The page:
Here comes the revelation that will likely surprise the ambassador and others: The real secret of Washington, D.C., is that it is an extraordinary city. The harsh caricatures with which its critics commonly describe it have little in common with reality. Of course, the U.S. capital is a city where politics, with its intrigue, vanity, manipulation, misery, and greatness is important and very visible. And yes, political gridlock and dysfunction are rife. But Washington is much more than that.
For instance, Washington is home to the biggest center for biomedical research in the world, the National Institutes of Health (NIH), with nearly 6,000 scientists; 148 current and former NIH-supported researchers have received Nobel Prizes. The NIH’s annual budget exceeds $30 billion, an amount larger than the total budget of many nation states. It is also one of the most educated cities in the United States.
Relatedly, the D.C. metropolitan area is one of the richest in the country. In 2013, the median household income for the inhabitants of the area (which includes the district’s suburbs in northern Virginia and Maryland) was the highest in the nation. Surprisingly, that figure surpassed by 20 the second-wealthiest area in Silicon Valley, which is famously home to an entire class of millionaires and billionaires spawned by Google, Apple, Facebook and other tech titans. The median income of the D.C. metro area also surpassed that of cities like New York, Los Angeles, or Houston. Between 2006 and 2010, the area’s economy grew at a Chinese-style rate of 7.4 percent a year, though it has slowed since then—the growth rate was one of the fastest in the United States at the time.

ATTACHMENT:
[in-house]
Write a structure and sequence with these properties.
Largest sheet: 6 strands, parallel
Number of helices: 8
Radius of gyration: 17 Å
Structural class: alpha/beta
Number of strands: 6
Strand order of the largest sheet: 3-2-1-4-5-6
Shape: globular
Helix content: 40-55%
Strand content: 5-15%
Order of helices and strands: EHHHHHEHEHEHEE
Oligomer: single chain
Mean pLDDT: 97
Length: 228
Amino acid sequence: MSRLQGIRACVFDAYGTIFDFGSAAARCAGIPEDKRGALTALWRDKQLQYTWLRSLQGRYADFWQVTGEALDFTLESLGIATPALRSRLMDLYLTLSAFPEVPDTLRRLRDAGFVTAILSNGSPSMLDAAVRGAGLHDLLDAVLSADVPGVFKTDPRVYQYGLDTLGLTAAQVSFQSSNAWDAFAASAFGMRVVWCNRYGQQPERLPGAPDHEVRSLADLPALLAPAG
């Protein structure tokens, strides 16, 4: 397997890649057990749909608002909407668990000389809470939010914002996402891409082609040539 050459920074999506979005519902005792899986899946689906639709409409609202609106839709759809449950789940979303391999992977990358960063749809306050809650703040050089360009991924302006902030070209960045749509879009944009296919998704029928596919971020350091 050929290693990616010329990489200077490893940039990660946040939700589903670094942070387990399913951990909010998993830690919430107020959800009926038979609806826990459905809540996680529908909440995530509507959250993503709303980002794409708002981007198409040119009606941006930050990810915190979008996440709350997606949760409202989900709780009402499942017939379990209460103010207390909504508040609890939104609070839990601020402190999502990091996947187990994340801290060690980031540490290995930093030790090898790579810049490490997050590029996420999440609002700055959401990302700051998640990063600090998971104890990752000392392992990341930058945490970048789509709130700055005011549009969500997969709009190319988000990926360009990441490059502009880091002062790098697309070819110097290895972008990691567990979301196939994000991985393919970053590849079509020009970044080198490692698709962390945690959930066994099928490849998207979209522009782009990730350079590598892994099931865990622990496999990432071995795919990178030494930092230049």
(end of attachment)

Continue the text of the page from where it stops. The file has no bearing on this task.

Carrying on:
Finally, another of Washington’s assets is its diversity; more than 20 percent of the city’s population was born outside of the U.S. as of 2011, with 35 percent of them coming from Asia, and about half (41 percent) coming from the Americas.
None of this means that the federal government, Congress, the thousands of lobbyists that try to influence both, and the enormous number of media outlets from all over the world that cover political Washington aren’t an important part of the city. But they are only one part of it and, for a lot of the population, not even the most important part. Many other exceptional characteristics make non-political Washington the exceptional city that it actually is.
In fact, Washington’s less-publicized positive attributes have been known to cause what long-time residents call “Potomac Fever”—the contagious condition that afflicts many new arrivals who come with the manifest intention of “just staying for a couple of years” but who then never leave. This condition is common among members of Congress and politicians who come to work in government. Much like what happened to the Underwood family.